Arròs amb fesols i naps, a typical lentil stew or the traditional peanuts served in bars are some of the most representative dishes of Valencian cuisine, and all of them have one thing in common: pulses.
This year, the General Assembly of the United Nations is bringing pulses into the spotlight: 2016 is officially the International Year of Pulses. Under this campaign, the aim is to inform society about the nutritional benefits of pulses as the protein source they are. Moreover, rotating legume crops with any other kind makes for a better use of the soil and favours its regeneration.
In Mediterranean cuisine, pulses have been a key element, even critical at some points in history, as the poet Jordi Llavina remarked on his conference «Pulses and literature». There, he quoted a fragment from Merce Rodoreda’s The time of the doves:
The shop wasn’t like before the war, but it was a good shop… And to give pulses some company, a snip of ham or bacon would fall from heaven so that pulses weren’t alone. […] And I would put the paper cones on the table and we all would pick the pulses and, if we had lentils and we found stones, they would bounce them on the floor and keep them afterwards.
But there are more places besides literature where we can find evidence of the importance pulses have in our culture. Orally transmitted proverbs in Valencian culture have often commented on or praised this kind of food: «The bean and the chickpea had this argument: the chickpea said “I’m better” and the bean answered “I’m tender”.»1
Pulses are so common in the Valencian territory they even have a protected designation of origin (the Spanish Denominación de origen). Josep Roselló i Oltra – researcher at the Valencian Institute of Agricultural Research – talks about it in his article Garrofó beans, endangered, where he regrets the loss of the Valencian butter bean cultivation and its substitution for imported beans. However, the researcher also points out how the culinary value of this legendary ingredient of the paella is awakening the interest of several gastronomic groups, who now defend it as a typical product of the Valencian soil.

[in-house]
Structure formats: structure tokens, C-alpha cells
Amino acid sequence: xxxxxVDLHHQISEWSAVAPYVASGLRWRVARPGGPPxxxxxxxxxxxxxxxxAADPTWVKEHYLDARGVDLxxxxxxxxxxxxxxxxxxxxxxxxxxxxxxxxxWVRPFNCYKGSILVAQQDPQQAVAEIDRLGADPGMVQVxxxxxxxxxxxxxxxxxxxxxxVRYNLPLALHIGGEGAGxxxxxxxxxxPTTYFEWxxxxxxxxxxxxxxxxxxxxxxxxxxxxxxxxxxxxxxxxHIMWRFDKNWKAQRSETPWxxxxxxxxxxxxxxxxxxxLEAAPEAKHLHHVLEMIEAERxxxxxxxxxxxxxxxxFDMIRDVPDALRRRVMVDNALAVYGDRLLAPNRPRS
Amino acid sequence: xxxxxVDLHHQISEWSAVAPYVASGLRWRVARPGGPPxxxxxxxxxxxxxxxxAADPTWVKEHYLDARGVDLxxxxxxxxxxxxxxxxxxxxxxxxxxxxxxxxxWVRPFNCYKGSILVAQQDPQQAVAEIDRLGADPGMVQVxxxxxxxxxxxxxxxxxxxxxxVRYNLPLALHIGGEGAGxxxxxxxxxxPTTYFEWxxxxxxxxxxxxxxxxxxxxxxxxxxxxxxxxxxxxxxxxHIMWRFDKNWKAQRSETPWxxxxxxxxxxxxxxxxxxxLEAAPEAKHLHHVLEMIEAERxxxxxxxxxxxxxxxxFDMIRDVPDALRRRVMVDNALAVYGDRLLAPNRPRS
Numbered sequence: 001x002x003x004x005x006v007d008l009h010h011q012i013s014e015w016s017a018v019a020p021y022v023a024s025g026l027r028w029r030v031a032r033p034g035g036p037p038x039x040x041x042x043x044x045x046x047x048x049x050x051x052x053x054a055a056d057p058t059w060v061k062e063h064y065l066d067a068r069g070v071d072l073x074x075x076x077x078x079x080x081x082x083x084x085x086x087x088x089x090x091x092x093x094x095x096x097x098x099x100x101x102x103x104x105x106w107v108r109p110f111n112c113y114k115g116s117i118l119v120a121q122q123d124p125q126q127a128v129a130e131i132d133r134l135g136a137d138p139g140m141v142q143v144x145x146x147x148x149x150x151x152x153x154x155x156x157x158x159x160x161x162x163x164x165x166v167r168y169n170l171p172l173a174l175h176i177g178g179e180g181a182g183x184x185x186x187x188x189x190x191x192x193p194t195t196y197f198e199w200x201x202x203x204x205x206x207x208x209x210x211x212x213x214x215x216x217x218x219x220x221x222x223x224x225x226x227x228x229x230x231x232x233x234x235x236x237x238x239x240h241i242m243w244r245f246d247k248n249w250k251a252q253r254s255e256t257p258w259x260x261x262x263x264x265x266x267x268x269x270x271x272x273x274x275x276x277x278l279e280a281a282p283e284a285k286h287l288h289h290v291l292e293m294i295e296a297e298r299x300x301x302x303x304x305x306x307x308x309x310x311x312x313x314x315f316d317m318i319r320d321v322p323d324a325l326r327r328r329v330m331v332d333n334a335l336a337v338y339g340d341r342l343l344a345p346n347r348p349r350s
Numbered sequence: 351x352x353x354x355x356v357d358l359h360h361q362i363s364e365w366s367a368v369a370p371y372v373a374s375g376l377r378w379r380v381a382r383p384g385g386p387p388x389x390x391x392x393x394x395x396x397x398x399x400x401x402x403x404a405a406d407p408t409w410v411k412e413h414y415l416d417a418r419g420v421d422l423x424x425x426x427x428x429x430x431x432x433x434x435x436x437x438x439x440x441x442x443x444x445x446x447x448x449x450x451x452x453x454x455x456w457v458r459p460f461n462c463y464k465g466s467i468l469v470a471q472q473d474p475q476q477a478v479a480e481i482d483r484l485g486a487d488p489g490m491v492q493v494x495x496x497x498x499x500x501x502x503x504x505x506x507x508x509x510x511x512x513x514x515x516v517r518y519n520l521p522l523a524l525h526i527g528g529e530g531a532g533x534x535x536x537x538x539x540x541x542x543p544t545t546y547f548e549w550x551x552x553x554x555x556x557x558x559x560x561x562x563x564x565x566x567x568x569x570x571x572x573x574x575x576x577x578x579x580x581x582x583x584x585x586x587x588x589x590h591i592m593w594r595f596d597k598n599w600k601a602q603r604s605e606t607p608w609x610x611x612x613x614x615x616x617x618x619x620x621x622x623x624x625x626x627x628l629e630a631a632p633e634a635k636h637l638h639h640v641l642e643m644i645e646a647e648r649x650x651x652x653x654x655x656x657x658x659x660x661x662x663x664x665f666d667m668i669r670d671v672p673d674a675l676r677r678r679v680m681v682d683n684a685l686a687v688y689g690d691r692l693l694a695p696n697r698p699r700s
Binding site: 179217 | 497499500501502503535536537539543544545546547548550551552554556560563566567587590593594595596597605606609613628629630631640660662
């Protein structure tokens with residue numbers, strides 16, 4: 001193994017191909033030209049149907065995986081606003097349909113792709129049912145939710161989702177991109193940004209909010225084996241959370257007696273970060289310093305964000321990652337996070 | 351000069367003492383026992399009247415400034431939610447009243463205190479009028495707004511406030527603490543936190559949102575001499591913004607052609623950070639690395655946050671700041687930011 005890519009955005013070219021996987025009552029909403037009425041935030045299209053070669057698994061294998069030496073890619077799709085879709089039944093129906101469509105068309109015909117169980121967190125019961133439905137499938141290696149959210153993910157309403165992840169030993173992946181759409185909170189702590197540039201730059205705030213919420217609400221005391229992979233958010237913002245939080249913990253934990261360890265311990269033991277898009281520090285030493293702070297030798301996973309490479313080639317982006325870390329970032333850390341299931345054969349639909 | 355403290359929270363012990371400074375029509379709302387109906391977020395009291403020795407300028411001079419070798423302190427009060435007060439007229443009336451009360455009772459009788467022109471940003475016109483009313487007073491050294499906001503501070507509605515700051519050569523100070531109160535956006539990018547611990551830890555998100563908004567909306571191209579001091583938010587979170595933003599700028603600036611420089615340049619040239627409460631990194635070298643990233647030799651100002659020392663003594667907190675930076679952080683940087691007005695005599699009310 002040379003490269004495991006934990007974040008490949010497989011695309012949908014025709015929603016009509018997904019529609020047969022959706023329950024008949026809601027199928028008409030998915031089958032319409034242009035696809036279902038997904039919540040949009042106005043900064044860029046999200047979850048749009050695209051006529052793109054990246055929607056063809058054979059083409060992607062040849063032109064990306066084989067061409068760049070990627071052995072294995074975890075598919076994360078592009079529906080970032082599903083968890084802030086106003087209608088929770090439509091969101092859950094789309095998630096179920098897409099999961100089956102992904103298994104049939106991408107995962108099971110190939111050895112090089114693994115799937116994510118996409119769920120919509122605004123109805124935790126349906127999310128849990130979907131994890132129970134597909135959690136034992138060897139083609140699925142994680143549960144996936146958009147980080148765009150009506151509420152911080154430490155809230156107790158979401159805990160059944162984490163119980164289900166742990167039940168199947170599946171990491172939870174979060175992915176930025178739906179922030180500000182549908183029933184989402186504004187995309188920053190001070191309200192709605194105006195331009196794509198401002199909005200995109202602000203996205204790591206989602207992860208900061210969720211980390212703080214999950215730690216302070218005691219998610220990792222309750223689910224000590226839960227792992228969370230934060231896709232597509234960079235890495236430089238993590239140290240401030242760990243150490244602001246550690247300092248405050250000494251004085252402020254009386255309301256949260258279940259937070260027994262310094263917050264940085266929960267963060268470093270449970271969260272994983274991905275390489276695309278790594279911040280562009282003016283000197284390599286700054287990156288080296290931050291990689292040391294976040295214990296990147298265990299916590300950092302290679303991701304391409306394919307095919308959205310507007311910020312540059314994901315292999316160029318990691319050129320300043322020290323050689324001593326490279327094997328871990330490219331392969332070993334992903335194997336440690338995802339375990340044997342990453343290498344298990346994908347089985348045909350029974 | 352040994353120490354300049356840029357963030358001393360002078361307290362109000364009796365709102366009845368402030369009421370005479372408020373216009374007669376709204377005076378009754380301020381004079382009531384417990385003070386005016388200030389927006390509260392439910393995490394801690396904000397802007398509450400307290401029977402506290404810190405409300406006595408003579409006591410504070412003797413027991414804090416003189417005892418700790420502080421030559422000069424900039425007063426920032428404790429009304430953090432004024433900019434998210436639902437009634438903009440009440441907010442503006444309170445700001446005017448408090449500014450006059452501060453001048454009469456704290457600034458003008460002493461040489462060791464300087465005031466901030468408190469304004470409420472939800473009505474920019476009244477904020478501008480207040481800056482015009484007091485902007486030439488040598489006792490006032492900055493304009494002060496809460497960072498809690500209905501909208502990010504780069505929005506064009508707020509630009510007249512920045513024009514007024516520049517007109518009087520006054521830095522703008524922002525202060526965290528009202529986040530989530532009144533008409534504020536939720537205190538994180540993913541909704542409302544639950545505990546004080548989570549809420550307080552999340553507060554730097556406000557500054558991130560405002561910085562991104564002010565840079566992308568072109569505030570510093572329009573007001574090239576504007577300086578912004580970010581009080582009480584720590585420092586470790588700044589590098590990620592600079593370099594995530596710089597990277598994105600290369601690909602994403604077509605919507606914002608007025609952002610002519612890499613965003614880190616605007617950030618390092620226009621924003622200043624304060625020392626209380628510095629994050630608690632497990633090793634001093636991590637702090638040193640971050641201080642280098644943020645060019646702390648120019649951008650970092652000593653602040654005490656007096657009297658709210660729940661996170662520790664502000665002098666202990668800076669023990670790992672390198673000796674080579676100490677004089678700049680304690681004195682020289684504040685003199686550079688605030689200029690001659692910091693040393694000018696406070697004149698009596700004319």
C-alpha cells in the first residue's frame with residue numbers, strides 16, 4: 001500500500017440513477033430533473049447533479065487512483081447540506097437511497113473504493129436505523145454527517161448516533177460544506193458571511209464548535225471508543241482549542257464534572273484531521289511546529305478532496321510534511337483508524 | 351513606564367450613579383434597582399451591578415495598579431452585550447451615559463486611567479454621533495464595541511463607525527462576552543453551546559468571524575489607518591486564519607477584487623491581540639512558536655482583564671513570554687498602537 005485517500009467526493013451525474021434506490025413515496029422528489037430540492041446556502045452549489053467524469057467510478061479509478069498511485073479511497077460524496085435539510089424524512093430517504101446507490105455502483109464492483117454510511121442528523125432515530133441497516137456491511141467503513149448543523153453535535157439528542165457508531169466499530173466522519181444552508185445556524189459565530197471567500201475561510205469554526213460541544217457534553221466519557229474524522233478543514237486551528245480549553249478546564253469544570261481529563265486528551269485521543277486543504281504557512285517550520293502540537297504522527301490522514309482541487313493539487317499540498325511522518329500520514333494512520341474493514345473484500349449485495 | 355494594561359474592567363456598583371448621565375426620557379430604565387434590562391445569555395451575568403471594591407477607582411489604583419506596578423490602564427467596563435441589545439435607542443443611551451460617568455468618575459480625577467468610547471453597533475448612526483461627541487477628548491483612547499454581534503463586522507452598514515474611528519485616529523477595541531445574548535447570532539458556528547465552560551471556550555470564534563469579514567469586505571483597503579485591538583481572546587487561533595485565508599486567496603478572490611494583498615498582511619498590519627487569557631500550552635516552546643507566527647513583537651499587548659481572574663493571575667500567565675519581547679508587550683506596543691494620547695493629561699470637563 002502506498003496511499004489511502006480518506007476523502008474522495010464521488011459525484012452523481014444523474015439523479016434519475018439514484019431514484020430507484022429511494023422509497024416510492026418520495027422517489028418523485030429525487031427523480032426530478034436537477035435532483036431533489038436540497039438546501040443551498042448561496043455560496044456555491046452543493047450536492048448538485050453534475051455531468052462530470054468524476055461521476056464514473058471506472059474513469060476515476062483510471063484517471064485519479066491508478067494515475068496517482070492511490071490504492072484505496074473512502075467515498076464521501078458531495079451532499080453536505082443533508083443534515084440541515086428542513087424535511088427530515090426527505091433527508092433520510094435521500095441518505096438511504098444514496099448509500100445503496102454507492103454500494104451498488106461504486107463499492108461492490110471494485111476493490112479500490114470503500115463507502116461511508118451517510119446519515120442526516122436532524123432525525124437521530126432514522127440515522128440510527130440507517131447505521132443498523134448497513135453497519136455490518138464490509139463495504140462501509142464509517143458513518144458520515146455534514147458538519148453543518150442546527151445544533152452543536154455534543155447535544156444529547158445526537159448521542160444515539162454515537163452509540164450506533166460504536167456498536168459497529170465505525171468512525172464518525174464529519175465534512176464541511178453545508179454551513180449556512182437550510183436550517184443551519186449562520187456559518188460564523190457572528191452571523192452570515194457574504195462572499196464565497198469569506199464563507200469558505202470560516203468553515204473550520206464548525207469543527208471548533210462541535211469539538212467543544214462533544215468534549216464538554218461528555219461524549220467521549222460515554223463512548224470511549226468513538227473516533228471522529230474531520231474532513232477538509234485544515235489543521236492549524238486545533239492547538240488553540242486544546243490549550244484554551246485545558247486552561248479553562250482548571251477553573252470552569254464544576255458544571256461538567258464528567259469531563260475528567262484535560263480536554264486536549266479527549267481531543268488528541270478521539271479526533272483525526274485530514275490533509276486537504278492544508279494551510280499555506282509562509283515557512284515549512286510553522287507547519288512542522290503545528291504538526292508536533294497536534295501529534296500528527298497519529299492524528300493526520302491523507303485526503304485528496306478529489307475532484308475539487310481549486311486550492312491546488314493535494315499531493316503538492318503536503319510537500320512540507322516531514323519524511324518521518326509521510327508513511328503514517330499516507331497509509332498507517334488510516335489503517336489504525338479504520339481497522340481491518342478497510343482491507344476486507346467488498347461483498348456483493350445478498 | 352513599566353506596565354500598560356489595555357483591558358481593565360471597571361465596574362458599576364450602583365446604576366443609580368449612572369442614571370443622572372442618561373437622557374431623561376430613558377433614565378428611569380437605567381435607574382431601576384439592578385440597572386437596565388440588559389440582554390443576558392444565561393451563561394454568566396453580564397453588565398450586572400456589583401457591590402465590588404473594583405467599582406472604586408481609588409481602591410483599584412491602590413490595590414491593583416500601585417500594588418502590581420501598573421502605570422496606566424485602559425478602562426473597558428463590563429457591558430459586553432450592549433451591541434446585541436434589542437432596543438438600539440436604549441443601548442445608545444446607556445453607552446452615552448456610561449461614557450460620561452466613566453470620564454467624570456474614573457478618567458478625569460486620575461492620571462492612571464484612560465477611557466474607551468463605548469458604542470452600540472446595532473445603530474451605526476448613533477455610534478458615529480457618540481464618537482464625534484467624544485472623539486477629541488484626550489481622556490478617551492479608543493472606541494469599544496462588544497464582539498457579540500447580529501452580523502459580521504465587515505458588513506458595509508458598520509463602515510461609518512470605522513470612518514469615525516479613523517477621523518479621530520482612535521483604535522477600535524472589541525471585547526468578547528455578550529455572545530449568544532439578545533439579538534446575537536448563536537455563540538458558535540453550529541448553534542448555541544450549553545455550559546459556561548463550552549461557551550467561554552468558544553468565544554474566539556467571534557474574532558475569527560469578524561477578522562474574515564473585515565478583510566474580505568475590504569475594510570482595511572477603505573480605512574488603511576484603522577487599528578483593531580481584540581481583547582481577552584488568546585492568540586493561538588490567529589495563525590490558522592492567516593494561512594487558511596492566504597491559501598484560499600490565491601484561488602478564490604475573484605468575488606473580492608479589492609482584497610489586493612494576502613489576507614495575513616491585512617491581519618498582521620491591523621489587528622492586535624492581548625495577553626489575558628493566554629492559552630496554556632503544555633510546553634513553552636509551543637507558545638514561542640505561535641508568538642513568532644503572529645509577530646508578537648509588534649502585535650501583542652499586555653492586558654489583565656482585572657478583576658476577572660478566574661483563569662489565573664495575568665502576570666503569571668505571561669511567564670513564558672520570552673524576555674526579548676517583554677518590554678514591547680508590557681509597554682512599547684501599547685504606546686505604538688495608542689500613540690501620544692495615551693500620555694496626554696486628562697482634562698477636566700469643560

It is not the only legume that wants to come back to Valencian vegetable gardens. Peanuts, despite being an American plant, were a popular Mediterranean crop long time ago, mainly in Valencia. In fact, when they got to Europe, peanuts were first grown in Valencian territory, as Roselló also remarks in his article The Valencian peanut. The legendary variety cacau del collaret is actually quite more tasty than other peanuts due to its higher caloric content.
But not only horticultural species deserve a mention in this exclusive food group. Several wild and native species of pulses grow in the Valencian soil and play an important role as well. Perhaps the most representative of them is the endemic species described in Discovering the latest endemism: the Valencian lupin. This plant (Lupinus mariae-josephi) was discovered in the surroundings of Llombai and Real de Montroi by a hunter well versed on the plants of the territory. Later on, using the Valencian toponymy, it was found in other locations.
Therefore, as a conclusion, we can say that in their international year, some types of pulses belong to us now more than ever. They are, in fact, actually authentic pulses.
1. In the Valencian original: «La mongeta i el cigró van tenir aquesta raó: diu el cigró, “jo sóc millor”; diu la mongeta: “jo, més tendreta”». (Go back)
Marcos Morales Peláez. Biology student at the University of Valencia.
© Mètode 2016.